npm install eslint @typescript-eslint/parser @typescript-eslint/eslint-plugin --save-dev
  • eslint: ESLint core library
  • @typescript-eslint/parser: a parser that allows ESLint to understand TypeScript code
  • @typescript-eslint/eslint-plugin: plugin with a set of recommended TypeScript rules

Similar to Typescript compiler settings, you can either use the command line to generate a configuration file using the --init flag from ESLint or create it manually. Either way, it’s mandatory to have your ESLint configuration file.

Let’s create a configuration file using the CLI. Run the following command in the terminal:

npx eslint --init

Next, you will see a series of questions that allow you to adjust the configuration file based on your preferences:

  • How would you like to use ESLint?
  • What type of modules does your project use?
  • Which framework does your project use?
  • Does your project use TypeScript?
  • Where does your code run?
  • How would you like to define a style for your project?

Based on the options selected, the ESLint CLI will create a .eslintrc.json configuration file in the project’s root directory with some default settings. If you already have your favorite settings, you can replace some of the options in the configuration file.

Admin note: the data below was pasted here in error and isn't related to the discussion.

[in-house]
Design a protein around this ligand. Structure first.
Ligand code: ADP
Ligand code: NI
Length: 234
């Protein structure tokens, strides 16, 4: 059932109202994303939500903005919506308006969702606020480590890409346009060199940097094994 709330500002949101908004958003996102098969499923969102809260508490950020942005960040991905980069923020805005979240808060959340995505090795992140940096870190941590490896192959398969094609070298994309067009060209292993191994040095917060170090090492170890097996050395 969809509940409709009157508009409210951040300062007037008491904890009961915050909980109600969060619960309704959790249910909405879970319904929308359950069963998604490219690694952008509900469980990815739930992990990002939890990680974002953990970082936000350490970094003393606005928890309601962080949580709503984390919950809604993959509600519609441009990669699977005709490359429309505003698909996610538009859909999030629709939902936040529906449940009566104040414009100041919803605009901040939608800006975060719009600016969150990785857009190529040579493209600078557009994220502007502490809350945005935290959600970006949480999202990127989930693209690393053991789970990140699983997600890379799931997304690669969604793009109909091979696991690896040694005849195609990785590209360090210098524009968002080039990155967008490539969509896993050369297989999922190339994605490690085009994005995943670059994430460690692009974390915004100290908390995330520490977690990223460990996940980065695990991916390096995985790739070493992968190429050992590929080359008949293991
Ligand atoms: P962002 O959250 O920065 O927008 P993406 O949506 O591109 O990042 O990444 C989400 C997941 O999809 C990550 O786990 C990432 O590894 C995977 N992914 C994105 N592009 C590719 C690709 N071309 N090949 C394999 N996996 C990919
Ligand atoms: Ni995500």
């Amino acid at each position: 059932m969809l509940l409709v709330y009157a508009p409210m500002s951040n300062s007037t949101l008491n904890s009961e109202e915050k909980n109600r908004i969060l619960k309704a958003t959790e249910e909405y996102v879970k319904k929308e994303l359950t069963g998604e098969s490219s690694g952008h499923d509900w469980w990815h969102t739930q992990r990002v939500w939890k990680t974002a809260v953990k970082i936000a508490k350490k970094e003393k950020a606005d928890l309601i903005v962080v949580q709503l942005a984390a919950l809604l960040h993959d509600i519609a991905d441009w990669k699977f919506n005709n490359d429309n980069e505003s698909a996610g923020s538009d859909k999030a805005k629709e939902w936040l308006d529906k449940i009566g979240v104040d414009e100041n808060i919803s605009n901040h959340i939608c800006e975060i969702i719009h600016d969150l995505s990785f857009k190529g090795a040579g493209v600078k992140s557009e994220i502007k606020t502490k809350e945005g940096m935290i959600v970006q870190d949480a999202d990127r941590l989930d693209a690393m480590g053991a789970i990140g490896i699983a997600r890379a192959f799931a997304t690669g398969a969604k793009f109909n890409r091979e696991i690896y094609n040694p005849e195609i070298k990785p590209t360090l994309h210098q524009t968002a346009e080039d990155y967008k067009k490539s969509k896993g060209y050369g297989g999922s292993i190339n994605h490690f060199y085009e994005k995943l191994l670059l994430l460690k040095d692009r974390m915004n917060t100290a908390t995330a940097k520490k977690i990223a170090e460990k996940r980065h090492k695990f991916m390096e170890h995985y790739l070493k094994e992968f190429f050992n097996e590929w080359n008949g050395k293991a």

You can also explore the full list of ESLint settings available for the configuration file.

Linting with ESLint

For this article, replace the default settings in the configuration file with this:

// .eslintrc
{
  "parser": "@typescript-eslint/parser",
  "parserOptions": {
    "ecmaVersion": 12,
    "sourceType": "module"
  },
  "plugins": ["@typescript-eslint"],
  "extends": ["eslint:recommended", "plugin:@typescript-eslint/recommended"],
  "rules": {

  },
  "env": {
    "browser": true,
    "es2021": true
  },
}
  • parser: this specifies a parser for ESLint to use when analyzing the code
  • parserOptions: specifies what JS language options you want to support, such as the version of ECMAScript syntax you want to use
  • plugins: this is where you define plugins to use
  • extends: tells ESLint what configuration is set to extend from. The order matters, as the last extend option will override the previous ones in any conflicting configurations.
  • env: which environments your code will run in

When we add an ESLint rule, it overrides the configuration defined in the extends list. Let’s add a couple of rules to see how it works:

// .eslintrc
{
  "parser": "@typescript-eslint/parser",
  "parserOptions": {
    "ecmaVersion": 12,
    "sourceType": "module",
  },
  "plugins": ["@typescript-eslint"],
  "extends": ["eslint:recommended", "plugin:@typescript-eslint/recommended"],

  "rules": {
    "@typescript-eslint/no-unused-vars": "error",